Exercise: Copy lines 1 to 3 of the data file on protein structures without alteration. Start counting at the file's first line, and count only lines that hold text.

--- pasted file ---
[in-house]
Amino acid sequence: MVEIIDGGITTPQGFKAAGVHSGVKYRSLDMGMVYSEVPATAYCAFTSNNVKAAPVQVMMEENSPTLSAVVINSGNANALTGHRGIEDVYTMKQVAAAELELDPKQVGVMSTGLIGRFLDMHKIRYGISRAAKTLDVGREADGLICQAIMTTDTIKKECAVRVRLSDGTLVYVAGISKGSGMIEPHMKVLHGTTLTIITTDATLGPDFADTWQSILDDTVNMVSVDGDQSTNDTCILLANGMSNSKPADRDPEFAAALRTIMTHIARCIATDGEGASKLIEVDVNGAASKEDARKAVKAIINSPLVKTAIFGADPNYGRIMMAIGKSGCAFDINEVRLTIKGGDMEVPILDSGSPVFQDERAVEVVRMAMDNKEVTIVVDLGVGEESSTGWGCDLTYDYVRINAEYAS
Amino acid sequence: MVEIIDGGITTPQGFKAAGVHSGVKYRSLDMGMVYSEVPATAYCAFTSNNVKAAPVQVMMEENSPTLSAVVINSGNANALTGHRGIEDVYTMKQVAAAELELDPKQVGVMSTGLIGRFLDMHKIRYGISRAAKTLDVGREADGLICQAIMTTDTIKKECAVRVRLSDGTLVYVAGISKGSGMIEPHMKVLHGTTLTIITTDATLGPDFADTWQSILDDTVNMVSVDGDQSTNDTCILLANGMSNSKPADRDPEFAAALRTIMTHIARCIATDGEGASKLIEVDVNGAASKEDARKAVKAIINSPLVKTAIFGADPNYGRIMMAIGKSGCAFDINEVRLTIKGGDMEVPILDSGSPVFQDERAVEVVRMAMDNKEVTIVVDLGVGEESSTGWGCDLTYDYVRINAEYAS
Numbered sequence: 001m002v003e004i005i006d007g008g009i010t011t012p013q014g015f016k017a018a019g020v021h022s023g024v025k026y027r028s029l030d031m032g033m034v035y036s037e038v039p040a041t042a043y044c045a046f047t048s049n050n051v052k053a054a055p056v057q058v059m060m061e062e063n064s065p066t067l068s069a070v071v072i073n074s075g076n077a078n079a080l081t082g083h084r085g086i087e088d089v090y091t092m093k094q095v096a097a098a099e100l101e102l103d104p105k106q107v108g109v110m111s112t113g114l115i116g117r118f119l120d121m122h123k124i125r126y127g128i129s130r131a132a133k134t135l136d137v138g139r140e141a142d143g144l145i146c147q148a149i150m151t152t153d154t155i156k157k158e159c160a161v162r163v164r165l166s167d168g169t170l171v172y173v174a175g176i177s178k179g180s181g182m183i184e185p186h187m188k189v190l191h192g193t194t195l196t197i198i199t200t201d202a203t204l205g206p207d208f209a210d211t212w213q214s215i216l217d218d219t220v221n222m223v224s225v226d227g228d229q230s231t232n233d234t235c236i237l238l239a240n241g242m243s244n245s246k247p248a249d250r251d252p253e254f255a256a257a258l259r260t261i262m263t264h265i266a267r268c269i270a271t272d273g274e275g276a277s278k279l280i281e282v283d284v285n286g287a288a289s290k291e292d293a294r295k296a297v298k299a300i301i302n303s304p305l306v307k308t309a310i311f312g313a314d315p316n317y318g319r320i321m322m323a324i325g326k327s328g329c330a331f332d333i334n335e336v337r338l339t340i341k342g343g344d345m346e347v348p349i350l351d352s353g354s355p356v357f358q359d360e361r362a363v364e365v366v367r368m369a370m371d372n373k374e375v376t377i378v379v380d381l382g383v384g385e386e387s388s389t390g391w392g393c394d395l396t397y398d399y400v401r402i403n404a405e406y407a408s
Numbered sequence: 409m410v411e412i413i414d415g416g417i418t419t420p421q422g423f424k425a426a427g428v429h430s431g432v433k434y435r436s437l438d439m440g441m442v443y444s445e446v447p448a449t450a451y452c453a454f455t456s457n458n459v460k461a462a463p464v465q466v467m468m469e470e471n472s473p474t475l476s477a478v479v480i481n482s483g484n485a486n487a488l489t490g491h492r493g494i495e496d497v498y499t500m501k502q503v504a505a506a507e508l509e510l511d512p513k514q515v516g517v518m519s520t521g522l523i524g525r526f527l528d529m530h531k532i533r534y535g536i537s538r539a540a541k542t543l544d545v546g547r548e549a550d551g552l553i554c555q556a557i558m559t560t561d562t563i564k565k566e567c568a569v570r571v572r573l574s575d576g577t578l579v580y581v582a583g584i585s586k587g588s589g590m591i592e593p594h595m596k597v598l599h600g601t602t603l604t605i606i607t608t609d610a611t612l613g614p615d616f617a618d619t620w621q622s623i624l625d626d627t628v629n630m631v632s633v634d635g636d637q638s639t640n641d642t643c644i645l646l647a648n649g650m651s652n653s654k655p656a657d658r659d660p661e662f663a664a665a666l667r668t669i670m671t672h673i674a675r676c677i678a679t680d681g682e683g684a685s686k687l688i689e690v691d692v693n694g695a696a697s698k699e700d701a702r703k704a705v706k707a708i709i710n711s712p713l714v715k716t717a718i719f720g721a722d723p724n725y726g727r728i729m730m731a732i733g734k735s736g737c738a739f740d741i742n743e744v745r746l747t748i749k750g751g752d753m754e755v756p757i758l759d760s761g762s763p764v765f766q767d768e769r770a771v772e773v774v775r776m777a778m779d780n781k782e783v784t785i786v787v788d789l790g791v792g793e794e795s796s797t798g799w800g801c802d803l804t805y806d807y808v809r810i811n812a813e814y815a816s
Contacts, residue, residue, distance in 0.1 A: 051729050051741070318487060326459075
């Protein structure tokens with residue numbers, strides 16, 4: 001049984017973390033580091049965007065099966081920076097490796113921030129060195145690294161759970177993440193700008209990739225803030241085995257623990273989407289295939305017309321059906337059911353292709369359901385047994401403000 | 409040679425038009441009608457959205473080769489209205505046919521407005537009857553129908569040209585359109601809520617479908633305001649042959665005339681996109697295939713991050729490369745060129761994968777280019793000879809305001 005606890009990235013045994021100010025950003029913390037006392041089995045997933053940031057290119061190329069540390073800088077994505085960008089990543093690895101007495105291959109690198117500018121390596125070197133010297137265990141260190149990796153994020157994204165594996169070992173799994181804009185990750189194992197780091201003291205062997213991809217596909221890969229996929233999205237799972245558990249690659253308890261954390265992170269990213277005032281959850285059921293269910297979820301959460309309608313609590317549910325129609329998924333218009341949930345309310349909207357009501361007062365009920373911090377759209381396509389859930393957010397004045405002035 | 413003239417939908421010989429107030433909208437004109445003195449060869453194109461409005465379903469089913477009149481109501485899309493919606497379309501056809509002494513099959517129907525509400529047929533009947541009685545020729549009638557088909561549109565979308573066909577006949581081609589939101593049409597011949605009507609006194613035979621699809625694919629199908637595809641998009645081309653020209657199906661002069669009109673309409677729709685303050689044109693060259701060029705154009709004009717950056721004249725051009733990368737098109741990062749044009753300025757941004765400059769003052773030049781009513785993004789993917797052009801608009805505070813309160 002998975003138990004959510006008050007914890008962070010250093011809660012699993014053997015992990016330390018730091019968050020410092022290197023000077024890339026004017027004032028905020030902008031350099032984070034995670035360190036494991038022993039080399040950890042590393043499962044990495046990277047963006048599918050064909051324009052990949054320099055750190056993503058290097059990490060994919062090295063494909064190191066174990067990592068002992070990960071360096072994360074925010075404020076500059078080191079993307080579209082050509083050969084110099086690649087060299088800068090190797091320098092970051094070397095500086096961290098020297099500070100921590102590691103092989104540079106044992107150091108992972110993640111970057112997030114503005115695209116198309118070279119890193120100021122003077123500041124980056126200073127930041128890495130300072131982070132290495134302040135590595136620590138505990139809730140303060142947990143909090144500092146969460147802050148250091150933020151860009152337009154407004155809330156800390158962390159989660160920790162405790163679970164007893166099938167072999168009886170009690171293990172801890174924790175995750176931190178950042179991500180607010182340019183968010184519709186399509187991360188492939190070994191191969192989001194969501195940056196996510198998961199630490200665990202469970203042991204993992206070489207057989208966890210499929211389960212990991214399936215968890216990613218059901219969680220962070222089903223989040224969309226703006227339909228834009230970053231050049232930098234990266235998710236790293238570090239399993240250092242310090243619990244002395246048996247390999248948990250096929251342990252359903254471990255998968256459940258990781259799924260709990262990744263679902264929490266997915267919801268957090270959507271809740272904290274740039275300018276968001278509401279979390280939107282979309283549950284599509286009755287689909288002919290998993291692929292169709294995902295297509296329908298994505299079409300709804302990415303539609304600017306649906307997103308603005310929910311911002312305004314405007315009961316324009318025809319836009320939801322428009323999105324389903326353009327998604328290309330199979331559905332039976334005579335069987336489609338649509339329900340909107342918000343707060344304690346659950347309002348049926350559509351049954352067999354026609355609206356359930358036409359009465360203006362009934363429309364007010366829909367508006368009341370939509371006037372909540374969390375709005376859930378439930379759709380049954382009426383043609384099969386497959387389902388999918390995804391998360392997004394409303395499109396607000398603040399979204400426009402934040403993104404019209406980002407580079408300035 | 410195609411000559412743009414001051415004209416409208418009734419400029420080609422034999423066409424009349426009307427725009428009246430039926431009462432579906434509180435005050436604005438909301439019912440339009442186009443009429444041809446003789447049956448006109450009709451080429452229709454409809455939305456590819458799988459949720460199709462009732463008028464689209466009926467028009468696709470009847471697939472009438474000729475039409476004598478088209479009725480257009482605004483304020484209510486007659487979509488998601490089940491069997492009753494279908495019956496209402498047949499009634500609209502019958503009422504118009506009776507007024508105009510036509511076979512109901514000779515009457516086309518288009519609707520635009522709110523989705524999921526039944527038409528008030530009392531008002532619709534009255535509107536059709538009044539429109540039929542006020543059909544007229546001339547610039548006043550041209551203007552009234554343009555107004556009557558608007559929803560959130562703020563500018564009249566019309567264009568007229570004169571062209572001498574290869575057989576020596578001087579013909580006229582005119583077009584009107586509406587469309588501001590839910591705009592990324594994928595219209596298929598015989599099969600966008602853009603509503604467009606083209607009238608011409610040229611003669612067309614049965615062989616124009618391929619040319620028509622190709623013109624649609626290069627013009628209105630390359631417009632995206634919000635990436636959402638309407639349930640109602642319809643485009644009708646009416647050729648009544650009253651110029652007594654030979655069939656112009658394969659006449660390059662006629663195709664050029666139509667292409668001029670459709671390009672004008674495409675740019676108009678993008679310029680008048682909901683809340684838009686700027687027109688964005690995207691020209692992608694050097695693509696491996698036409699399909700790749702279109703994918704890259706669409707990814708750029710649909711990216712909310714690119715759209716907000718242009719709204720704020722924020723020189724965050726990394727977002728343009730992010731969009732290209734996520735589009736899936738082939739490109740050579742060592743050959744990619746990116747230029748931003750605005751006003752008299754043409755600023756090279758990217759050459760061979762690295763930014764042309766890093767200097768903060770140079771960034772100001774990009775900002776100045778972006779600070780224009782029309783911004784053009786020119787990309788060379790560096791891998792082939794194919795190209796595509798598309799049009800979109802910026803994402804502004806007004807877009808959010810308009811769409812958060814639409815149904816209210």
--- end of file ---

[in-house]
Amino acid sequence: MVEIIDGGITTPQGFKAAGVHSGVKYRSLDMGMVYSEVPATAYCAFTSNNVKAAPVQVMMEENSPTLSAVVINSGNANALTGHRGIEDVYTMKQVAAAELELDPKQVGVMSTGLIGRFLDMHKIRYGISRAAKTLDVGREADGLICQAIMTTDTIKKECAVRVRLSDGTLVYVAGISKGSGMIEPHMKVLHGTTLTIITTDATLGPDFADTWQSILDDTVNMVSVDGDQSTNDTCILLANGMSNSKPADRDPEFAAALRTIMTHIARCIATDGEGASKLIEVDVNGAASKEDARKAVKAIINSPLVKTAIFGADPNYGRIMMAIGKSGCAFDINEVRLTIKGGDMEVPILDSGSPVFQDERAVEVVRMAMDNKEVTIVVDLGVGEESSTGWGCDLTYDYVRINAEYAS
Amino acid sequence: MVEIIDGGITTPQGFKAAGVHSGVKYRSLDMGMVYSEVPATAYCAFTSNNVKAAPVQVMMEENSPTLSAVVINSGNANALTGHRGIEDVYTMKQVAAAELELDPKQVGVMSTGLIGRFLDMHKIRYGISRAAKTLDVGREADGLICQAIMTTDTIKKECAVRVRLSDGTLVYVAGISKGSGMIEPHMKVLHGTTLTIITTDATLGPDFADTWQSILDDTVNMVSVDGDQSTNDTCILLANGMSNSKPADRDPEFAAALRTIMTHIARCIATDGEGASKLIEVDVNGAASKEDARKAVKAIINSPLVKTAIFGADPNYGRIMMAIGKSGCAFDINEVRLTIKGGDMEVPILDSGSPVFQDERAVEVVRMAMDNKEVTIVVDLGVGEESSTGWGCDLTYDYVRINAEYAS